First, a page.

Local authorities across Phnom Penh yesterday continued to intimidate the owners of venues and guesthouses reserved by civil society groups holding meetings ahead of next week’s Asean and East Asia summits, according to a U.N. official and rights workers.
The Asean Grassroots Peoples Network (AGPA), which on Tuesday had to cut short its opening ceremony when a restaurant owner refused to host the event, ran into more problems yesterday.
And a meeting on labor and migration issues at Modern Center 2, a venue normally used for weddings in Meanchey district’s Chak Angre Krom commune, was aborted, said Moeun Tola, head of the labor program for the Community Legal Education Center.
“When the workshop was in process, the local authorities—the commune police officers—they went to ask the organizers whether they have the permit from the municipality,” he said.
After leaving the commune police office, a manager at the venue then told participants they had to leave, Mr. Tola said. “He cut the electricity and the water.”
Commune police chief Lor Linno denied that police had shut down the meeting, and people answering the phones at the venue said it was business as usual. “No NGOs held a meeting, it was just wedding parties as normal,” said an employee, who declined to give her name.
Municipality spokesman Long Dimanche denied knowledge of the interference. “I don’t know. City Hall did not order [to shut down the meetings],” he said.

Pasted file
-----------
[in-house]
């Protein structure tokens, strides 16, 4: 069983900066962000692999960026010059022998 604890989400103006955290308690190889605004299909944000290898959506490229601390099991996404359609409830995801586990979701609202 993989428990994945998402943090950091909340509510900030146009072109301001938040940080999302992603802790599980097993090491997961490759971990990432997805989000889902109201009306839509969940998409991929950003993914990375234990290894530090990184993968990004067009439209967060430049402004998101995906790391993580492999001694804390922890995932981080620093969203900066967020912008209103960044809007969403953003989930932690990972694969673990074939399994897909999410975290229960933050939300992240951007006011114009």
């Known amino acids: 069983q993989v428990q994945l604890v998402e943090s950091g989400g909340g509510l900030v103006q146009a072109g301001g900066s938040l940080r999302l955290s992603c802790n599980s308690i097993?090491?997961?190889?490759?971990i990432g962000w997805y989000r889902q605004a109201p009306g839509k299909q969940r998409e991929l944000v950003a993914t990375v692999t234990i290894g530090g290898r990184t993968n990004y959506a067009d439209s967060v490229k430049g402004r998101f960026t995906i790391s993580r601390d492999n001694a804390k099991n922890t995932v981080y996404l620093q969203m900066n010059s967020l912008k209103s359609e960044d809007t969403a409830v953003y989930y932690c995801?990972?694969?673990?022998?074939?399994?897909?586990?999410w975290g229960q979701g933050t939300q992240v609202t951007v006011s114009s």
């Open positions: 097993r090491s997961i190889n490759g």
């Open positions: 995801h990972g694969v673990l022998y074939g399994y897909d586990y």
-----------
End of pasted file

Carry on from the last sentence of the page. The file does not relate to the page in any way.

James Heenan, representative for the U.N. human rights office in Cambodia, said in an email that his office had been monitoring the meetings in the run-up to the Asean and East Asia summits and found that many organizers had received warnings, had their names and photographs taken, or had venue owners cancel.
“Many people have reported that the owners are doing this after pressure from the authorities,” he said. “We have raised these concerns directly with the authorities.”
AGPA said in a statement yesterday that more than 250 participants—largely Cambodians visiting Phnom Penh from the provinces—have been forced out of their guesthouses this week.
“[S]ome were pushed out in the middle of the night, some were intimidated, and others were told that their reservations had mysteriously disappeared,” the statement said.
While AGPA said 11 of its 12 workshops—which discussed issues such as evictions, land concessions, food security and trade within Asean—were held successfully, each one was subject to some kind of interference from plainclothes police or the venue owners demanding that the workshop not discuss political issues.
At a separate event, the Asean Peoples’ Forum, which had to change its venue twice due to intimidation, was eventually held several kilometers outside of Phnom Penh at a Sovan Koma Organization orphanage in Kandal province, said Sok Sam Oeun, executive director of the Cambodia Defenders Project and a member of the forum’s national steering committee.
“We couldn’t find another [venue in town], but this venue is an NGO so the local authorities cannot disturb,” he said. “We received some police officials, but it’s OK. What we talk [about], we want the government to hear.”
Local rights group Adhoc condemned the interference in a statement issued yesterday. “The intimidation of organizers and participants at the meetings is an unacceptable affront to basic freedoms of expression and assembly and sends a powerful message to the world that the Cambodian government is not committed to the creation of an Asean that respects fundamental rights and freedoms,” the statement said.